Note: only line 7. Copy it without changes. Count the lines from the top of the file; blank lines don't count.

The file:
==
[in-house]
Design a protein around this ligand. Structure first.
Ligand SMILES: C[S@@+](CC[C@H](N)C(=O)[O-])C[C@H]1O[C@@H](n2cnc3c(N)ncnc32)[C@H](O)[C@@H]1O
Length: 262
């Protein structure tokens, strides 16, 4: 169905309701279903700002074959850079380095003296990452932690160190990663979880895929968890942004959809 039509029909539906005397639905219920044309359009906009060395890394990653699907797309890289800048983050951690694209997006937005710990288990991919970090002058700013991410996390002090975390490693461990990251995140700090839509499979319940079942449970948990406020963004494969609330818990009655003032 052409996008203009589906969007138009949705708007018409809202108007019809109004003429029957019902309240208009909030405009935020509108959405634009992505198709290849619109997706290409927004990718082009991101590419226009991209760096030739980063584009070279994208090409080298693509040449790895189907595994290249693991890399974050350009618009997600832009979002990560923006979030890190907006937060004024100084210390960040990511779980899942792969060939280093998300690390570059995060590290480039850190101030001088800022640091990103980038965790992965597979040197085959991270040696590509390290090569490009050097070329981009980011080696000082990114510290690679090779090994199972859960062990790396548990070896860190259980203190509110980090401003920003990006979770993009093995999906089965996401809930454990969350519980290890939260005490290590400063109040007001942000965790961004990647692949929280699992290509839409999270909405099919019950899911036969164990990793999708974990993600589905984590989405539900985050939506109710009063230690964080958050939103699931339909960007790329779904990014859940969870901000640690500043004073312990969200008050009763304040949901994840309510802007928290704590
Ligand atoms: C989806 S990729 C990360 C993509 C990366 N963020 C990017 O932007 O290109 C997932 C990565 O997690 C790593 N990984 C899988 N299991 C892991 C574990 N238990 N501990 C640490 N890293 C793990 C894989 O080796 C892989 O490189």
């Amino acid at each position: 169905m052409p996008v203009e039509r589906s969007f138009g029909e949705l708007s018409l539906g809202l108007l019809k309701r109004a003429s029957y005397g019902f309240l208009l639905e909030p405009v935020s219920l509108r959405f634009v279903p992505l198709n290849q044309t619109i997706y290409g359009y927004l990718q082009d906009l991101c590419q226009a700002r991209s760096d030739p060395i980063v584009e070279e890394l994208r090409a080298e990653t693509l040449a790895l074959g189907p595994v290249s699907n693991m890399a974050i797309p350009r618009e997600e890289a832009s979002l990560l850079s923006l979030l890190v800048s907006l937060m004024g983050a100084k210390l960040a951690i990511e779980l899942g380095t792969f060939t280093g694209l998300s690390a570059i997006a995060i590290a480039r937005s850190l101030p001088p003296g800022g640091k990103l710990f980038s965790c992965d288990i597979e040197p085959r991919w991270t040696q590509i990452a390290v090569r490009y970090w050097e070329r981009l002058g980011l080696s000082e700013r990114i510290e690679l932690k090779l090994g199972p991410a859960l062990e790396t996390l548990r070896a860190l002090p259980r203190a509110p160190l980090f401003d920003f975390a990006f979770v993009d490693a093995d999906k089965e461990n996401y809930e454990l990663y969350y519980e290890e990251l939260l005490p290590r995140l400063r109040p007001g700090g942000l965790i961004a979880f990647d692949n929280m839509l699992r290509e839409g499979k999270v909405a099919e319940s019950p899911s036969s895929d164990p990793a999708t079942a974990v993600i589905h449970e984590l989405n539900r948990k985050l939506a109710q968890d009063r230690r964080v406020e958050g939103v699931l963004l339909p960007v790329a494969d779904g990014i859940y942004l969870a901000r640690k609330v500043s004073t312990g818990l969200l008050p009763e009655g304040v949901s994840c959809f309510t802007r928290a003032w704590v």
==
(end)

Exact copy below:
């Amino acid at each position: 169905m052409p996008v203009e039509r589906s969007f138009g029909e949705l708007s018409l539906g809202l108007l019809k309701r109004a003429s029957y005397g019902f309240l208009l639905e909030p405009v935020s219920l509108r959405f634009v279903p992505l198709n290849q044309t619109i997706y290409g359009y927004l990718q082009d906009l991101c590419q226009a700002r991209s760096d030739p060395i980063v584009e070279e890394l994208r090409a080298e990653t693509l040449a790895l074959g189907p595994v290249s699907n693991m890399a974050i797309p350009r618009e997600e890289a832009s979002l990560l850079s923006l979030l890190v800048s907006l937060m004024g983050a100084k210390l960040a951690i990511e779980l899942g380095t792969f060939t280093g694209l998300s690390a570059i997006a995060i590290a480039r937005s850190l101030p001088p003296g800022g640091k990103l710990f980038s965790c992965d288990i597979e040197p085959r991919w991270t040696q590509i990452a390290v090569r490009y970090w050097e070329r981009l002058g980011l080696s000082e700013r990114i510290e690679l932690k090779l090994g199972p991410a859960l062990e790396t996390l548990r070896a860190l002090p259980r203190a509110p160190l980090f401003d920003f975390a990006f979770v993009d490693a093995d999906k089965e461990n996401y809930e454990l990663y969350y519980e290890e990251l939260l005490p290590r995140l400063r109040p007001g700090g942000l965790i961004a979880f990647d692949n929280m839509l699992r290509e839409g499979k999270v909405a099919e319940s019950p899911s036969s895929d164990p990793a999708t079942a974990v993600i589905h449970e984590l989405n539900r948990k985050l939506a109710q968890d009063r230690r964080v406020e958050g939103v699931l963004l339909p960007v790329a494969d779904g990014i859940y942004l969870a901000r640690k609330v500043s004073t312990g818990l969200l008050p009763e009655g304040v949901s994840c959809f309510t802007r928290a003032w704590v």